In 1924 Savage sculpted a plaster bust of her nephew and called the piece Gamin (French for “street urchin”). It won Savage a Julius Rosenwald Fellowship and a year’s study in Paris. She had been previously denied an opportunity to study abroad because of the color of her skin.

She returned to Harlem and began teaching aspiring artists. In 1932 she established the Savage Studio of Arts and Crafts, an arts-education center for adults. She later became the first director of Harlem’s Community Arts Center (a WPA project). In 1939, Savage was commissioned to create a sculpture for the New York World’s Fair. “The Harp” was inspired by James Weldon Johnson’s 1900 song, “Lift Every Voice and Sing.” Savage knew Johnson from her short stay Jacksonville, Florida on the way to New York.

Hurston, Zora Neil


Vanessa Williams narrated her life story, which is available at the Archives.







Richard Norman and Norman Studios

Richard Norman (1891-1960) was born in Middleburg and went on to found “Norman Studios.” He had an early understanding that there was a niche market for films starring black actors and for black audiences.  His Norman Studios, in Jacksonville, was among the first silent film producers.


  • St. Lukes Church
  • First African Baptist Church
  • First African Missionary Baptist Church
  • St Mark Missionary Baptist Church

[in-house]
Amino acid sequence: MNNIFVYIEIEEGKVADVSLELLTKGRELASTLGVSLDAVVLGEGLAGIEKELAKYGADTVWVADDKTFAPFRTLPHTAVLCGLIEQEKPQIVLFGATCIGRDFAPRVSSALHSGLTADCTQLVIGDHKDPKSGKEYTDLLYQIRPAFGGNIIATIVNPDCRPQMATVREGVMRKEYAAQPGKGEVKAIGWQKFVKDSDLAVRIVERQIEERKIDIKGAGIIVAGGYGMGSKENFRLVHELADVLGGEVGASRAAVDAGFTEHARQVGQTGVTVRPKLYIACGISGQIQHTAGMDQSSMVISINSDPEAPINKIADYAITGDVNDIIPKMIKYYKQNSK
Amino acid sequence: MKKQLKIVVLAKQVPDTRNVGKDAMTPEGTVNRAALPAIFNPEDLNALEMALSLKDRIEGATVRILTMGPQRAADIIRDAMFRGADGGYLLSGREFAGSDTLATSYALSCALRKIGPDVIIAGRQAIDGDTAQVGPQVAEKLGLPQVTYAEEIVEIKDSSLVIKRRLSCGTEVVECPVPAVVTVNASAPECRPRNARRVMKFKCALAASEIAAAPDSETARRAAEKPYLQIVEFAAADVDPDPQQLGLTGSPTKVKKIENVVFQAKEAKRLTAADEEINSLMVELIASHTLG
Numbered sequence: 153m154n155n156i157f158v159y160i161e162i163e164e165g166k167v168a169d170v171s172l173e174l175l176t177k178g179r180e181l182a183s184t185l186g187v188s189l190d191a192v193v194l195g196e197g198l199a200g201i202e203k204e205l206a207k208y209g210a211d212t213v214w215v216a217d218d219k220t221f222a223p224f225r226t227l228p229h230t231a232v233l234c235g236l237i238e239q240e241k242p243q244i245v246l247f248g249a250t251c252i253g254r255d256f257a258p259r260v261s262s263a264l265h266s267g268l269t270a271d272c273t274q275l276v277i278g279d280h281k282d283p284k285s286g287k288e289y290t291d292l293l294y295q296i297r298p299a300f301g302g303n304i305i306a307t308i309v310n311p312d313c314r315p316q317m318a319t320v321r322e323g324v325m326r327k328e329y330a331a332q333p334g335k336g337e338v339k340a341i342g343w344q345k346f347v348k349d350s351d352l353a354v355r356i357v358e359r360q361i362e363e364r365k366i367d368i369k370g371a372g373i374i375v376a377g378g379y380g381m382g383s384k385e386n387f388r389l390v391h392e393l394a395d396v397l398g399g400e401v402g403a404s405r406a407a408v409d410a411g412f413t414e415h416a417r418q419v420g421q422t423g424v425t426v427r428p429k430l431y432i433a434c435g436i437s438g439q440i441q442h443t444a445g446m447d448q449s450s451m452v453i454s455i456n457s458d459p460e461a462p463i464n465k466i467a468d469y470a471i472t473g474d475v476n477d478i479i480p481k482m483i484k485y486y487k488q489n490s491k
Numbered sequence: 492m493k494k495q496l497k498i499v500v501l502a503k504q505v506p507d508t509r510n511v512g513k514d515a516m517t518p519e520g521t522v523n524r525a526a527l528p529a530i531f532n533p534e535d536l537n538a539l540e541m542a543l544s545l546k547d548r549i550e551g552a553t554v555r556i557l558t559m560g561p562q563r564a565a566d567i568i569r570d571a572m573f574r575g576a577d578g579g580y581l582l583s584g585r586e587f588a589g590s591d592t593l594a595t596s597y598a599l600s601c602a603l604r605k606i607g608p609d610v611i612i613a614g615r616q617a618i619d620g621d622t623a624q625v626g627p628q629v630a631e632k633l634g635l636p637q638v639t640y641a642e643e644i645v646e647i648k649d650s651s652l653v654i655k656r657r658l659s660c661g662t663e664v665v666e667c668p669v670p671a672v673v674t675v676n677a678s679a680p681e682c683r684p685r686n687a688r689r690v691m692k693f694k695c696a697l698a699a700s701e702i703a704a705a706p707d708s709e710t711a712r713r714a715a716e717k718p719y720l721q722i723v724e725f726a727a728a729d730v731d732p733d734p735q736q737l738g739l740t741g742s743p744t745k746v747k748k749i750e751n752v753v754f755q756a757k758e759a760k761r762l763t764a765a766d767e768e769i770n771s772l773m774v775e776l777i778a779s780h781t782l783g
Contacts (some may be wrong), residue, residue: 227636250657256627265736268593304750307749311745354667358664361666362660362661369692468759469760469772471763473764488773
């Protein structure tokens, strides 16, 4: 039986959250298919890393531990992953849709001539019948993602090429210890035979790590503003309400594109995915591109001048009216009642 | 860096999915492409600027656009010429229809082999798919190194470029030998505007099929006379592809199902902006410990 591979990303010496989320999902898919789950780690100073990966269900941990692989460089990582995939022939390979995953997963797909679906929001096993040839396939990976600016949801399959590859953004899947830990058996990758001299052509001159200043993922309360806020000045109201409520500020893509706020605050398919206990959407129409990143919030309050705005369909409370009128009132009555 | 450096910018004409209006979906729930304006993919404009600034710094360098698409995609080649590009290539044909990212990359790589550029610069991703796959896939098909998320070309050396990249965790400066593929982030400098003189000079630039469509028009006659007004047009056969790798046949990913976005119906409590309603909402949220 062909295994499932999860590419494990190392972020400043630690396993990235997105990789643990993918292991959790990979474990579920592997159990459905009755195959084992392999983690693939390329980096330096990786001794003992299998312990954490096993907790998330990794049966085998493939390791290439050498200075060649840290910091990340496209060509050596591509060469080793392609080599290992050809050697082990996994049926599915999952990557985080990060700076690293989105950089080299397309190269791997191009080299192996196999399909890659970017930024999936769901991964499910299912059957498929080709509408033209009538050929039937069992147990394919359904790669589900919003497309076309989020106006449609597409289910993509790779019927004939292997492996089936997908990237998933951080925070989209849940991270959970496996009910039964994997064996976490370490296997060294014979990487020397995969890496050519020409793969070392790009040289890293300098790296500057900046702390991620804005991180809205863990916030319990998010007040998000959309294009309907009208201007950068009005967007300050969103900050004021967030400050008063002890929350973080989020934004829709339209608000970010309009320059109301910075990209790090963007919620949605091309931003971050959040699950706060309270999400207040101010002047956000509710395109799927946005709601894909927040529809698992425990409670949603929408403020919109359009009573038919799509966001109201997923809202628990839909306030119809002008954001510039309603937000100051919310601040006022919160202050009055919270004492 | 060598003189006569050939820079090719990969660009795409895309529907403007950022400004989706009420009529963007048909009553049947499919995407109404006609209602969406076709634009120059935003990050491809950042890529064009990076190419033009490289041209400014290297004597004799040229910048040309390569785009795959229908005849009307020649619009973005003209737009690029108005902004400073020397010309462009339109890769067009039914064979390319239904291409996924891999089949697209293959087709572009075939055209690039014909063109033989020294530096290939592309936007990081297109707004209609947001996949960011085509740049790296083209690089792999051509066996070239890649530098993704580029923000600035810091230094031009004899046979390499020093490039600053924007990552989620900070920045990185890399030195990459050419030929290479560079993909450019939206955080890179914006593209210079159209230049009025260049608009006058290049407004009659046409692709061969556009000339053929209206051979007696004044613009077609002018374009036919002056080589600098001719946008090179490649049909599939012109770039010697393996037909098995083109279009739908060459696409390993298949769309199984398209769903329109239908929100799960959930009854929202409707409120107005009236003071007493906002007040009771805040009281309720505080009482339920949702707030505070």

• St. James African Methodist Episcopal
  • Mt Pleasant Missionary Baptist Church
  • Mt Olive Baptist Church
  • Mount Zion AME


Orange Park Negro Elementary School

The Orange Park Negro Elementary School (also known as the TC Miller Park and Community Center) is a historic school in Orange Park, Florida. It is located at 440 McIntosh Avenue. On July 15, 1998, it was added to the U.S. National Register of Historic Places.

Mt. Olive Cemetery

Forman-Fowler Cemetery

Books at the Archives

  • Six Black Masters of American Art, which details the life of Augusta Savage, including her time in Paris.
  • African American Heritage of Florida, by David Colburn and Jane Landers
  • African American Historic Places, by Beth L. Savage
  • African American Lives, by Gates, Jr. & Evelyn Higginbotham
  • African American Sites in Florida, by Kevin M. McCarthy
  • Anna Madgigine Jai Kingsley, by Daniel L. Shafer
  • Army Life in a Black Regiment& Other Writings by Thomas Wentworth Higginson
  • Augusta Savage, a binder
  • Black Society in Spanish Florida, by Jane Landers
  • Every Tongue Got to Confess, by Zora Neale Hurston
  • Family Records of the African American Pioneers of Tampa and Hillsborough County, by Canter Brown & Barbara Gray Brown
  • Harlem Renaissance, Art of Black America
  • If It Takes All Summer, MLK, by Dan R. Warren
  • Kingsley Plantation
  • New Negro Artists in Paris, by Leniger-Miller
  • Our Kind of People, Black Upper Class, by Lawrence Otis Graham
  • Slave Narratives 1936 – 1938 Florida
  • Slavery in Florida, by Larry Eugene Rivers
  • Two Months in St. Augustine, 1964
  • Women and Sisters: Antislavery Feminists in American Culture. By. Jean Fagan Yellin